Every day that I wake up, I feel tremendous gratitude for all I have.
Considering how dark my beginning was, child abuse, obesity, alcoholism…my life could have gone and ended in a horrible way.
And yet recently, folks, I really hit the jackpot big time.
I was so fortunate to attend the Ms. Magazine luncheon on January 27th, 2012 with the person I hold responsible for leading the feminist movement, my shero, Gloria Steinem. I know the experience will go down as one of the highlights of this year.
When I arrived at S.F. State University in 1980, I was a train wreck. My struggles with obesity and alcoholism were out of control; I was in a downward spiral. I had come to California from New York thinking the “Golden State” would save me; instead, I was landing on my face (literally, in a drunken stupor). And then something shifted. I found the Women Studies Department.
I began to take classes in the Women’s Studies Department, which spoke to me in a way that nothing else had. I had known I was gay from a very young age but had repressed my feelings. These classes helped me step into my fears about “coming out” and allowed me a safe space to be me; I did come out as a lesbian when I was 21. The Women Studies Department helped give me my voice.
Because of those classes, I began to read Ms. Magazine and to research its founder, Gloria Steinem. She was (and still is) my role model. I was incredibly moved by her calm articulate manner. Gloria was and still is (at 78 years old) a revolutionary and a natural leader. Back in the early 80’s I wanted to meet her and was fortunate enough to work at a book signing on campus and got a chance to say hello. I treasure that day and remember that she was everything I expected — kind, loving, generous, smart.
Fast forward 30 years.
Last year a documentary on Gloria’s life came out on HBO called In Her Own Words. I watched it and said to my life partner, Kathleen, “I have to meet Gloria again.” I just want to tell her how she inspired my life and path.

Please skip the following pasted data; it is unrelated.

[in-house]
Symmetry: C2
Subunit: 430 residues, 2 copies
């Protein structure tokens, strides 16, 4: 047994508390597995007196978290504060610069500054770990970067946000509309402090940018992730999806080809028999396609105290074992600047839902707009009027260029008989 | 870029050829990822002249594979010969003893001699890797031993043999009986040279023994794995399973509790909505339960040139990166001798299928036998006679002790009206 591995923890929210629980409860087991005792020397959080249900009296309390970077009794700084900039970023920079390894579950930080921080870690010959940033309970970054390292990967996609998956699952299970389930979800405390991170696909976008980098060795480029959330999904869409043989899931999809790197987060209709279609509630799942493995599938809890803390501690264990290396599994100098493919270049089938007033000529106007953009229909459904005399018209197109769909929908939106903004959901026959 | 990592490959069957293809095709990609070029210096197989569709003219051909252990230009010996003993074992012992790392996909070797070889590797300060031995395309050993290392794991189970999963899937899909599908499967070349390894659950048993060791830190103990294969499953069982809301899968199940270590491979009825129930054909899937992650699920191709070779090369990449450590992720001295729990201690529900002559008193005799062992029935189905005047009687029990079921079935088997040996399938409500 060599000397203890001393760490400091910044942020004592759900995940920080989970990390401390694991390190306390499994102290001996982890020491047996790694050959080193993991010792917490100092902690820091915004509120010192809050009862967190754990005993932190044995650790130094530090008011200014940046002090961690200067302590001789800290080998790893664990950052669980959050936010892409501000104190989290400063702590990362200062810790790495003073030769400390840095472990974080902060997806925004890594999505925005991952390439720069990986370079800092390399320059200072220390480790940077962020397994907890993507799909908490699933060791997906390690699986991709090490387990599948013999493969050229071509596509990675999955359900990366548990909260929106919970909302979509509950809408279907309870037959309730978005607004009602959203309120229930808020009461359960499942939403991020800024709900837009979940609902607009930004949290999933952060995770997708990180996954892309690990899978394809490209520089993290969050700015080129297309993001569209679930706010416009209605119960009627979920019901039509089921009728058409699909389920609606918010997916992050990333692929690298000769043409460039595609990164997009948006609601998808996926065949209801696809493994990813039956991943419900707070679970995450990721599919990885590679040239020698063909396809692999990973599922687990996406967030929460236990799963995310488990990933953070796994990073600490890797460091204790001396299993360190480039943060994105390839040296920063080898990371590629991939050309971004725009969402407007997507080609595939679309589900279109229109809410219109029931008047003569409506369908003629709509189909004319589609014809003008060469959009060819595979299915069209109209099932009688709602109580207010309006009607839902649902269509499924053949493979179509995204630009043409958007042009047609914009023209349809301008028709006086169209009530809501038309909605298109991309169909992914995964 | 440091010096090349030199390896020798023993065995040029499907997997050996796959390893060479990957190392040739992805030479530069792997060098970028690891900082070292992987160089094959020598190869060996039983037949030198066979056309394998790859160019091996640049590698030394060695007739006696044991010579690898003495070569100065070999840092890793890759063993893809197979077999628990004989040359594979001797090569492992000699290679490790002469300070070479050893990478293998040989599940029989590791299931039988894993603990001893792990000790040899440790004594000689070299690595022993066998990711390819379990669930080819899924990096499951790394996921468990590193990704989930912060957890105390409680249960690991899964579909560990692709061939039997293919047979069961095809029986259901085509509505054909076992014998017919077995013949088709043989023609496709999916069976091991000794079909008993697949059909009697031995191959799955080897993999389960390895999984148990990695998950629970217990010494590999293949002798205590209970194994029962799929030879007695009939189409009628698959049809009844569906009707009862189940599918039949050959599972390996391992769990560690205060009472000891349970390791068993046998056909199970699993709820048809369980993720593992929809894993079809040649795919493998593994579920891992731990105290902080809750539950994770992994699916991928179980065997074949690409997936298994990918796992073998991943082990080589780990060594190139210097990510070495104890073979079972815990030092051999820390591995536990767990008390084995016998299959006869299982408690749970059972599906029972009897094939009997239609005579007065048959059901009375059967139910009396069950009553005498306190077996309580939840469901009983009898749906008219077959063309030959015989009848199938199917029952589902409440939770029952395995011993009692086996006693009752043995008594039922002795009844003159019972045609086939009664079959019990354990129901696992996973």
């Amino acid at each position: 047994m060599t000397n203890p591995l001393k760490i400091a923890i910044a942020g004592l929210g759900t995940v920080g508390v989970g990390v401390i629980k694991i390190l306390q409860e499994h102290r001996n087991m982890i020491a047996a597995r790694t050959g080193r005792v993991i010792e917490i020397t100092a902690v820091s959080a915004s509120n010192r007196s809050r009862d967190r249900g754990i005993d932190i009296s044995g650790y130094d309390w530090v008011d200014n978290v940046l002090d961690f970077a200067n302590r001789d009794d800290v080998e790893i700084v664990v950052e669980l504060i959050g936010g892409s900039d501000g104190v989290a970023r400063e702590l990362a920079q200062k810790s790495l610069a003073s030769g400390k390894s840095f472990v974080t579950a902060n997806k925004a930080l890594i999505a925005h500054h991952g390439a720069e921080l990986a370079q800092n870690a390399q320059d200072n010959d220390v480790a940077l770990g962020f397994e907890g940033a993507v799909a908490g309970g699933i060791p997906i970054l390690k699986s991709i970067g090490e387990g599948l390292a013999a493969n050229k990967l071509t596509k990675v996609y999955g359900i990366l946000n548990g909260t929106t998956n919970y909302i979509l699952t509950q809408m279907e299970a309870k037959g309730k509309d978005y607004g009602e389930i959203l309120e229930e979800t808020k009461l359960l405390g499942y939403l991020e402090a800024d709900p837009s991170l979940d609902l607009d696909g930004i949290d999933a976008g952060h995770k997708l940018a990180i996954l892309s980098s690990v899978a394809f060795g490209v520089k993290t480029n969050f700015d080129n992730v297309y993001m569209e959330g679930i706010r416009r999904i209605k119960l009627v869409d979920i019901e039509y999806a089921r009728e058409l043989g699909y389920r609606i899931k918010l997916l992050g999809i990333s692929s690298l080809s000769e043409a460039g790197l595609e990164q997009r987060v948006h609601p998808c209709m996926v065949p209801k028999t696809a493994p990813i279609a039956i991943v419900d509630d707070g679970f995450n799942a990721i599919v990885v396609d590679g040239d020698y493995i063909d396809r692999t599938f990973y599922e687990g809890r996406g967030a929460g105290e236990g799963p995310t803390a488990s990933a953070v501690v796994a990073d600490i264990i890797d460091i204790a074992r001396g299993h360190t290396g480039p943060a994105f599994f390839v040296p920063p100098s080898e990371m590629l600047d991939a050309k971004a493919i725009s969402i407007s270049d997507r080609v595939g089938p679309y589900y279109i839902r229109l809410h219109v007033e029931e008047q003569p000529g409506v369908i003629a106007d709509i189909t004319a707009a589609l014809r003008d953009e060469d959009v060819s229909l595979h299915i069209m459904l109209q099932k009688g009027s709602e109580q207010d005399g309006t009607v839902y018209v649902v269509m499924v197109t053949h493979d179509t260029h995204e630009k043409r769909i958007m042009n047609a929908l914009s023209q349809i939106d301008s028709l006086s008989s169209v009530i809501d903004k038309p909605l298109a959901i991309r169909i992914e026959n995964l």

This past Friday, I got that chance. I met Gloria again because of my involvement in A Band Of Wives. A Band Of Wives is one of my favorite women’s groups out there. It was formed to provide a safe place for women to ask for and find the support they need, to have their voices heard through blogs and forum discussions, to introduce like-minded women to each other through specialized groups and events, and to bring women together around important issues as a united voice. And the most important thing you need to know is that you do not have to be married, to belong; you just have to be a woman.
I love A Band of Wives’ founder Christine Bronstein and find her commitment to serve as strong as Gloria’s. Christine is a beloved leader and was one of the women responsible for Gloria being at this fundraiser. She was also responsible for my being there.
The morning of the event, I am getting ready and this voice told me to turn on the television show, The View. I’m not a big TV person, but for some reason I flipped it on. The hostesses were discussing their mentors and heroes. Funnily enough, Joy Behar, a mentor of mine, names Gloria Steinem as her mentor! She goes on to discuss all of Gloria’s amazing achievements and how much she admires what Gloria has done for women around the world. I took it as a sign – this lunch was going to be seriously amazing.